CHARLOTTE, N.C. — For the first time, tech leaders spoke Wednesday about last year's case where hackers froze Mecklenburg County government servers and demanded a ransom.
County leaders decided not to pay the $24,000 ransom to unlock the servers. Instead, workers had to put in long hours recreating all of the files.
The scale and seriousness of the attack were clear at Wednesday's meeting. Channel 9 gained rare access to a regular meeting between the FBI and the private sector that was focused on preventing hostile attacks.
- Mecklenburg Co. leaders release ransom email from hackers
- Ransom email from hacker to Mecklenburg County
- Mecklenburg County files held for ransom
- County to beef up cyber-security after ransomware attack
"Having that framework that everybody knows what they’re supposed to do, you cannot overstate the importance of it," said Russ Ollis with Mecklenburg County.
Cyber criminals demanded Bitcoin to unlock the infected servers. We learned the county was actually very prepared to respond to the ransomware attack because they drilled the scenario with cyber firm Fortalice Solutions only weeks before.
"One of the scenarios in that tabletop exercise was ransomware. So, they had already thought about do we pay? Do we not pay?" said Vince Crisler with Fortalice Solutions
The county didn't blink and refused to pay the ransom - a practice the FBI encouraged every business to follow at Wednesday's meeting.
"We encourage them not to pay in these instances because paying only further perpetuates that criminal activity," explained Brian Cyprian with the FBI.
We asked Mecklenburg County how much the ransomware attack ended up costing taxpayers and the economic impact it had on businesses. A spokesperson told us the county wasn’t able to provide a dollar amount.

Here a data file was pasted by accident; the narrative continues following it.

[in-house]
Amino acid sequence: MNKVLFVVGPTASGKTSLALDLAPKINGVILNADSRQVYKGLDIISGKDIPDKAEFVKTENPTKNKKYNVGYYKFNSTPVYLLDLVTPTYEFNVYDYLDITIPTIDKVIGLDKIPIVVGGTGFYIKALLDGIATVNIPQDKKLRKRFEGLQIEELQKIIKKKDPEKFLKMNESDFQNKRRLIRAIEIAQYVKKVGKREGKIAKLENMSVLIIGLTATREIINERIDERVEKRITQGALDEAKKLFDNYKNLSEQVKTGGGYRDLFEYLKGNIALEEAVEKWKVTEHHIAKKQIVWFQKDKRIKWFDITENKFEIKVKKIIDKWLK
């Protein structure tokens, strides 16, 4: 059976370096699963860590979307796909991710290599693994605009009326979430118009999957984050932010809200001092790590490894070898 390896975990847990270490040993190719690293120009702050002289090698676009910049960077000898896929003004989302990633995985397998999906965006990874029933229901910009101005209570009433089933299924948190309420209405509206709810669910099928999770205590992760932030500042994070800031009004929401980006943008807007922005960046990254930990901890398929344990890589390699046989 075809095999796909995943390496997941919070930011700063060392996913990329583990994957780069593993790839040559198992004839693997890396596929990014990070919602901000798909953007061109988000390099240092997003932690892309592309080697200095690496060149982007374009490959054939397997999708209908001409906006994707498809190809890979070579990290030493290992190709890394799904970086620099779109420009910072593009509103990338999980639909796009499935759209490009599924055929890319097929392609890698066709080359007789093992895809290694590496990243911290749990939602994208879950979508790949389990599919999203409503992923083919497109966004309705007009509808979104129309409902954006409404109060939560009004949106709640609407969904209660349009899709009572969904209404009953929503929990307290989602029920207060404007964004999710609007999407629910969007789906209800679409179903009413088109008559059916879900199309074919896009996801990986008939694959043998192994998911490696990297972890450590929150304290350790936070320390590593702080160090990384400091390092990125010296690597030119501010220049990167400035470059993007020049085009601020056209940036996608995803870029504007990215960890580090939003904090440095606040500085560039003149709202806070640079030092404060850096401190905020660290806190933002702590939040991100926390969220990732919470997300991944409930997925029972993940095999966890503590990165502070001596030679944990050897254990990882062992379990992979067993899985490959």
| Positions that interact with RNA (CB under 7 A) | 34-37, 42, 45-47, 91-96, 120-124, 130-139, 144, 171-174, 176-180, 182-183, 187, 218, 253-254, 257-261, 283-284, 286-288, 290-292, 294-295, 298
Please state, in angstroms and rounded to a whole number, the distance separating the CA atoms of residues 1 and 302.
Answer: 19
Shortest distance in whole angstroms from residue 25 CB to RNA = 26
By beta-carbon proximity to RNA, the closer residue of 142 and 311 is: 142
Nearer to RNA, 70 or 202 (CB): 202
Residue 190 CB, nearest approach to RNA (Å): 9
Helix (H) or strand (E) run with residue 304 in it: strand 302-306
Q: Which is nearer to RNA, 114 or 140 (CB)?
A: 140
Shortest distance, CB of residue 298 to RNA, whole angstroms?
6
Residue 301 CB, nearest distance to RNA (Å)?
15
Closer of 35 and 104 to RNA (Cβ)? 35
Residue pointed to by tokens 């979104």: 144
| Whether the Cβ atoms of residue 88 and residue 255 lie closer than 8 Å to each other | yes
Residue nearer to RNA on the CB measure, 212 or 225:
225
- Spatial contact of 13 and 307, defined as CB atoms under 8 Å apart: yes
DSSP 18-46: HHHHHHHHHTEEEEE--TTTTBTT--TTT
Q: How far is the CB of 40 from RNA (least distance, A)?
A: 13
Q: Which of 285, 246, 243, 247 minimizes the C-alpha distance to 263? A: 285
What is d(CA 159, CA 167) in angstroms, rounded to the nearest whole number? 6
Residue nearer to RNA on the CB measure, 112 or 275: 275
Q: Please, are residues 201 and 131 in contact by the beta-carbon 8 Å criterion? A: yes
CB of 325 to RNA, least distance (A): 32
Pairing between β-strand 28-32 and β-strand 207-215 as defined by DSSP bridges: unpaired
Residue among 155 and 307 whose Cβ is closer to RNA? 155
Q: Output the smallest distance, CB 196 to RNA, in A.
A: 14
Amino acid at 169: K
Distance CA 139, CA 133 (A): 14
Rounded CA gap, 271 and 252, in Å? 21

We did hear again that Mecklenburg County will be allocating more money to enhance their cyber security going forward.
"There’s a certain amount of spend that’s necessary to make sure that you’re making it hard for the attackers to win," said Crisler.
It's not just government agencies and businesses that are vulnerable to ransomware attacks. Private citizens are too. Experts say you can protect yourself by making sure your computer is current with all software updates, installing antivirus software, and making backups of your data.
Read more top trending stories on wsoctv.com:
- Who is Mark Anthony Conditt, 23-year-old suspected Austin bomber?
- Iredell County parents charged after 3-year-old found wandering nude
- Charlotte craft brewers sue over NC law that takes away sales control
- TRACKING: Snow falling in mountains; cold rain in Charlotte
- Several students hurt when school bus runs off road near Rock Hill
- Family sues claiming father's face disfigured before funeral
Cox Media Group